The Milk of Human (Un)kindnessPrint
By Paula Marantz Cohen
My friend J., who has taught for 20 years in the public schools in Camden, New Jersey, the nation’s poorest city, often complains about the many small frustrations of her job, all of them subordinate to a larger one: an administration that won’t listen to her. If she voices a complaint or offers a suggestion, she is either ignored or punished, her only recourse to grit her teeth and wait until retirement.
Here’s a recent example:
All the students in J.’s classes are served free breakfast, a service that has been outsourced to a private catering company. Every morning, representatives from the company deliver the meals to her classroom. They tell the students that, even if they don’t want the milk provided, they must open the cartons and spill the contents into the plastic bucket placed near the serving cart. After a week of seeing dozens of cartons of milk wasted, J. told her students to put the unused milk back on the cart. The next day, she was reprimanded by the reps, who repeated their instruction to her students: open the unused containers and spill out the milk.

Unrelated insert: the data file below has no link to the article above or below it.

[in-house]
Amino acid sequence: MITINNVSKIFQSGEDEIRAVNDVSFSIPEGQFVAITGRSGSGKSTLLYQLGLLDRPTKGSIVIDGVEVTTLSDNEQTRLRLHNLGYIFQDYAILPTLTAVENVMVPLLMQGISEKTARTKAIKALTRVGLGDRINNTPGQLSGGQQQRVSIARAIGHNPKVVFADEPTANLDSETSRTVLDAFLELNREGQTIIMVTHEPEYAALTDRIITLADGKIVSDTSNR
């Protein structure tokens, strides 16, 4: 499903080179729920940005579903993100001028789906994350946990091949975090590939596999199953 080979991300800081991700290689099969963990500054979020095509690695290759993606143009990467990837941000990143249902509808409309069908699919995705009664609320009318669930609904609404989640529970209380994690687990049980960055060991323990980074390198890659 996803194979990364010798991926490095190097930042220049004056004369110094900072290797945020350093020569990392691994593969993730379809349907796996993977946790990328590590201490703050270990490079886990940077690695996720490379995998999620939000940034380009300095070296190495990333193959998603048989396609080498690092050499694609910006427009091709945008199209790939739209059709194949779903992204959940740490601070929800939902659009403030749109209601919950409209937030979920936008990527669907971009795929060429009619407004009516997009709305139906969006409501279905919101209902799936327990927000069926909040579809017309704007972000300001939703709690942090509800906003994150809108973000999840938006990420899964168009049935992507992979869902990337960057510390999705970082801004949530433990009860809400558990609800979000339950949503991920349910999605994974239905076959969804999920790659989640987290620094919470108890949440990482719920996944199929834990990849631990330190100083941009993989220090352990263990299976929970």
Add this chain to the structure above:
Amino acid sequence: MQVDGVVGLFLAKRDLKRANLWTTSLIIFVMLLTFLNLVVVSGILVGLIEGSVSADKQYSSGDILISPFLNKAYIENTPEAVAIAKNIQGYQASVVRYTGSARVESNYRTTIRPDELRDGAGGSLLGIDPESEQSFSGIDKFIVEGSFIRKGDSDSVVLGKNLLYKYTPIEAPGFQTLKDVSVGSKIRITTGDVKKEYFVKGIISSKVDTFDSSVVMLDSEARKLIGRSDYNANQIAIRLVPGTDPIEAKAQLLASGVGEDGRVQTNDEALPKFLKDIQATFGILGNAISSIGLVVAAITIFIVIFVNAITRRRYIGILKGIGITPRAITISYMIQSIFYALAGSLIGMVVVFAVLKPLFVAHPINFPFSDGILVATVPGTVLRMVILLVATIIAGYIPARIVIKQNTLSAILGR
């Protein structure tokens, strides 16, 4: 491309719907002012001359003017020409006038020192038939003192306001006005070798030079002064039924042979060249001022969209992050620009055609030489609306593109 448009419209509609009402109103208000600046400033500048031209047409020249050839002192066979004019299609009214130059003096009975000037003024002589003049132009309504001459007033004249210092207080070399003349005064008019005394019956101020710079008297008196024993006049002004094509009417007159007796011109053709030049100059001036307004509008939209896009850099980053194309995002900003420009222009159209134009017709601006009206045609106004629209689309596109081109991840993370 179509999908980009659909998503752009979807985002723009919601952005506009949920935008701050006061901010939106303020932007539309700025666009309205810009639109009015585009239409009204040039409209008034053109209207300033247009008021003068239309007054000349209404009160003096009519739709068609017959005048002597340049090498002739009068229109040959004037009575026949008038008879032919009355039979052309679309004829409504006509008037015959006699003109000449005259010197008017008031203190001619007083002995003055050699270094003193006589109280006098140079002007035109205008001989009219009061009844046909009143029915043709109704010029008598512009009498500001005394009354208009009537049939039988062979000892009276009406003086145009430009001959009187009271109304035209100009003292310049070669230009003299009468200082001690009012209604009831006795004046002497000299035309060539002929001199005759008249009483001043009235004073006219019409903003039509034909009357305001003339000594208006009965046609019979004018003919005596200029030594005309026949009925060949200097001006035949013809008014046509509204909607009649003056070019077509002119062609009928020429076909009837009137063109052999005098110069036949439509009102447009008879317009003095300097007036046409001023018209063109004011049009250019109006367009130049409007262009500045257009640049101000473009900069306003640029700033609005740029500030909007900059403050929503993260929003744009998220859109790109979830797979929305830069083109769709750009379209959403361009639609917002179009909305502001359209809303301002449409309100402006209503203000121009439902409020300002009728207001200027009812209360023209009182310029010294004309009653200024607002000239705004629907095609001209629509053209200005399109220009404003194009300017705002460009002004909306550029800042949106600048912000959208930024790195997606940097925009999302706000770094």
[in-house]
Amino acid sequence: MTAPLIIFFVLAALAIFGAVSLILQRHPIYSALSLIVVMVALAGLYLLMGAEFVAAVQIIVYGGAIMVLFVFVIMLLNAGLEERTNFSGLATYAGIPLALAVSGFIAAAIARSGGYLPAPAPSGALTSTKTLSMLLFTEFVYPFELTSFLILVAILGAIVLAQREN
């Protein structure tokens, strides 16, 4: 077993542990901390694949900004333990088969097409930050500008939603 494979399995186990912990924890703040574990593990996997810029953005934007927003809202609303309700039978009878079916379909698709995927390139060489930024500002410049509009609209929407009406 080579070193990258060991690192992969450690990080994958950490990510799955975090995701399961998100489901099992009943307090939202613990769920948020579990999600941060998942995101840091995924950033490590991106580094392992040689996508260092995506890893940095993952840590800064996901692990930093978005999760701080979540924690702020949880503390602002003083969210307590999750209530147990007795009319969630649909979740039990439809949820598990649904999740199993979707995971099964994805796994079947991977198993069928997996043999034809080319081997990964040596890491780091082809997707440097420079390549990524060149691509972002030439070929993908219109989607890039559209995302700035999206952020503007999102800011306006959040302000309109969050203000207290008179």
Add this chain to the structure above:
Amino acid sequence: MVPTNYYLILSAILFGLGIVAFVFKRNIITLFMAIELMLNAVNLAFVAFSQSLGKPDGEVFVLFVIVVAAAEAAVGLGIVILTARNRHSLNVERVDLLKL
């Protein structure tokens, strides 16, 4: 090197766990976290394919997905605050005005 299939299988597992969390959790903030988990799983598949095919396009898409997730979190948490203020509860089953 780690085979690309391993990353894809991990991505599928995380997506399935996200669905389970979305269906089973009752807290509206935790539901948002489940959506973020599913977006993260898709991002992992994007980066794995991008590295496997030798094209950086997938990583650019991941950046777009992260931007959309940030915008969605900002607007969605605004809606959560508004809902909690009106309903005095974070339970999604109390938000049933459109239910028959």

My friend complained to the principal. He said there was nothing he could do; the vendor’s policy was to discard unused milk. She then wrote to the superintendent, explaining the situation and noting the principal’s response. The next day, the principal confronted her. Her email had been forwarded to him by the superintendent. He reprimanded her going over his head, even though he had acknowledged that there was nothing he could do about the milk policy. As a last resort, J. contacted her teacher’s union, which also brushed her off, claiming the milk problem didn’t fall within its jurisdiction.
The problem here is not only the policy of the vendor, which seems asinine in a community where people regularly go hungry. It is also the way J. was treated. One would think that a veteran teacher who takes the trouble to write the superintendent—particularly after having spoken with an intransigent principal—would be respected enough to warrant a personalized response. Even if the policy has to stand, there ought to be an acknowledgment by this top administrator that the teacher has reason to be upset.
The sense of being trapped in a system that won’t heed feedback—that’s what J. feels most acutely. Directives are continually given from on high—whether it’s about milk or about test content; meanwhile, teachers in the classroom, even if they have a long record of service and accomplishment, are often ignored or even punished if they speak up.
Paula Marantz Cohen is a distinguished professor of English at Drexel University and the author of the novels Jane Austen in Scarsdale or Love, Death and the SATs and What Alice Knew: A Most Curious Tale of Henry James and Jack the Ripper. Her new novel, Suzanne Davis Gets a Life, will be published this spring.